THE WHITE BOOK
By Han Kang
“The Vegetarian” and “Human Acts” introduced English-language readers to the explosive fiction of the South Korean writer Han Kang. Although her new novel, “The White Book,” occupies a somewhat quieter register, it too is formally daring, emotionally devastating and deeply political. Its relative smallness of scale — a scant 157 pages, cut to fit in the palm of the hand — is deceptive, itself the mark of a supremely confident writer.
All three novels have been translated into English by Deborah Smith, whose work has garnered great acclaim: Her translation of “The Vegetarian” won the 2016 Man Booker International Prize, and “The White Book” was a finalist for the prize in 2016. However, the earlier books have not been without controversy, as several critics noted both errors in the translation of “The Vegetarian” and liberties taken with its original phrasing.
The parameters of a translator’s task are by no means fixed, and can range from word-for-word renderings — one thinks of Nabokov’s famously literal, and famously controversial, translation of “Eugene Onegin” — to something more akin to interpretation. It’s fair to say that Smith’s previous translations of Kang’s fiction veer toward the interpretive. In an interview, she has described “faithfulness” as “an outmoded, misleading and unhelpful concept when it comes to translation.” Numerous articles have been published about this dispute, and some have argued that the amplified register of Smith’s work — the addition of copious adjectives and embellishments — successfully rendered Kang’s fiction more palatable to a Western readership. Whether a more conventionally faithful translation would have won Kang the international audience she now enjoys is a moot point. But the controversy raises a pertinent question: whether the task of translation is simply to bridge the divide between cultures or to somehow also represent that divide. This question is also germane to “The White Book,” which is narrated by a South Korean writer newly arrived in Warsaw.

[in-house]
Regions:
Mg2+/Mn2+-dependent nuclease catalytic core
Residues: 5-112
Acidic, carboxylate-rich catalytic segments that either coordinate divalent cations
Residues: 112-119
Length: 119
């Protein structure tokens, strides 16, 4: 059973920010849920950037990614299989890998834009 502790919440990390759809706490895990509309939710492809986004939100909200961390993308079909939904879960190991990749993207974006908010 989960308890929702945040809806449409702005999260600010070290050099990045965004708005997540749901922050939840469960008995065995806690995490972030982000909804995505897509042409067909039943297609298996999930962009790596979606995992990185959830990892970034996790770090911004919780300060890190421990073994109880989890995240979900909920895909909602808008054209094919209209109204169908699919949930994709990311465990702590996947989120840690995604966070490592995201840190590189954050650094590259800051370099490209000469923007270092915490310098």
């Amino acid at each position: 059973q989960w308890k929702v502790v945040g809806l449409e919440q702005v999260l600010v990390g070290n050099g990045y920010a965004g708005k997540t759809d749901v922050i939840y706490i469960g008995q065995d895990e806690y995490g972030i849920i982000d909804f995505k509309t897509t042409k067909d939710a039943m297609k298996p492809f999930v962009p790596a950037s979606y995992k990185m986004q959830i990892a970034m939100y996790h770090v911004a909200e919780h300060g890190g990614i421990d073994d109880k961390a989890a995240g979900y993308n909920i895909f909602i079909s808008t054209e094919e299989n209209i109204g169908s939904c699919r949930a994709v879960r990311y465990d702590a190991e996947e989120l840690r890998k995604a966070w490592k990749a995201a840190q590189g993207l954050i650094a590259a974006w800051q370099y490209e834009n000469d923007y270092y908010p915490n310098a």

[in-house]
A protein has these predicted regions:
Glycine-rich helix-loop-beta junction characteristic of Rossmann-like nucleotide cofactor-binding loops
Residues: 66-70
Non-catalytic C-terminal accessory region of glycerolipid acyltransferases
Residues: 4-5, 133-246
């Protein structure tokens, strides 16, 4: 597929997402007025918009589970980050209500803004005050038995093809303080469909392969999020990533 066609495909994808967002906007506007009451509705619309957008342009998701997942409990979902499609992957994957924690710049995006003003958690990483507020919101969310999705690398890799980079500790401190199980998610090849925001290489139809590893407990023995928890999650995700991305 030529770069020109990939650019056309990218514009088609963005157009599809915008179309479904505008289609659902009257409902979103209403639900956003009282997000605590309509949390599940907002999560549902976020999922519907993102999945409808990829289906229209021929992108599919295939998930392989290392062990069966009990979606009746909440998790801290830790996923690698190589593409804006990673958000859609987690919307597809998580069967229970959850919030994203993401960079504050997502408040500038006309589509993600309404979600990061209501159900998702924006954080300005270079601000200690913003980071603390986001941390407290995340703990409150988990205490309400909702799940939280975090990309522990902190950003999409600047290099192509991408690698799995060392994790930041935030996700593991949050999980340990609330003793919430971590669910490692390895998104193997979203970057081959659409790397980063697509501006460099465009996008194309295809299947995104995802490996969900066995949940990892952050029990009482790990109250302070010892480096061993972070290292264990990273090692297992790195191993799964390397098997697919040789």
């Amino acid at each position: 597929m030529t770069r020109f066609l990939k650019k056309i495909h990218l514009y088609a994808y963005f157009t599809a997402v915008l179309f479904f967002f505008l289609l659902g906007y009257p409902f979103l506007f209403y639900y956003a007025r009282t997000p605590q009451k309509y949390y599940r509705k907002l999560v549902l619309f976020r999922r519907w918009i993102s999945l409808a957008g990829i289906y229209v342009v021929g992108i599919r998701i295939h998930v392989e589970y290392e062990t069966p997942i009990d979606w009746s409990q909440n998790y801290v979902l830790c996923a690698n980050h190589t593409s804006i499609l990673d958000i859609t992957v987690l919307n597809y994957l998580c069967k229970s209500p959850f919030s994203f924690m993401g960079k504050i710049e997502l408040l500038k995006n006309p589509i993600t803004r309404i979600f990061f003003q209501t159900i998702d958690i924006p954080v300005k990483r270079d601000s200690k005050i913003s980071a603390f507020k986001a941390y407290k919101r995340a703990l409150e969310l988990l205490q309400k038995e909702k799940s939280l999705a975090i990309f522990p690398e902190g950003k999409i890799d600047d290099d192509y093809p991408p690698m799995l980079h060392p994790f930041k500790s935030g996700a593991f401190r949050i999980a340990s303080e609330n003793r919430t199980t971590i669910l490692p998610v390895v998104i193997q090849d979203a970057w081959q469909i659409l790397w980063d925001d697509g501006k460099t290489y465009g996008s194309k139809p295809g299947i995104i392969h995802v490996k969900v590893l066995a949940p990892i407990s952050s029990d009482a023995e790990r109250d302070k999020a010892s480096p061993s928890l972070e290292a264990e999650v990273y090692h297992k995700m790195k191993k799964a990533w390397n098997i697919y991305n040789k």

The narrator travels through a cityscape that bears visible traces of World War II: “The boundaries that separate old from new, the seams bearing witness to destruction, lie conspicuously exposed. It was on that day, as I walked through the park, that she first came into my mind.” That “she” is the narrator’s older sister, who died “less than two hours into life.” “They lay there on the kitchen floor, my mother on her side with the dead baby clutched to her chest, feeling the cold gradually enter into the flesh, sinking through to the bone.” The confluence of the resurrected city and the lost sister becomes the through-line for a novel told in flashes and fragments, as an act of memory and incantation.
Smith’s rendering of “The White Book” cannot be accused of prolixity. The novel is composed of short entries centered on a word or phrase having to do with the color white, opening with a list that includes “salt,” “shroud” and “blank paper.” From this, the narrator constructs the novel: “Now, in this moment, I feel that vertiginous thrill course through me. As I step recklessly into time I have not yet lived, into this book I have not yet written.”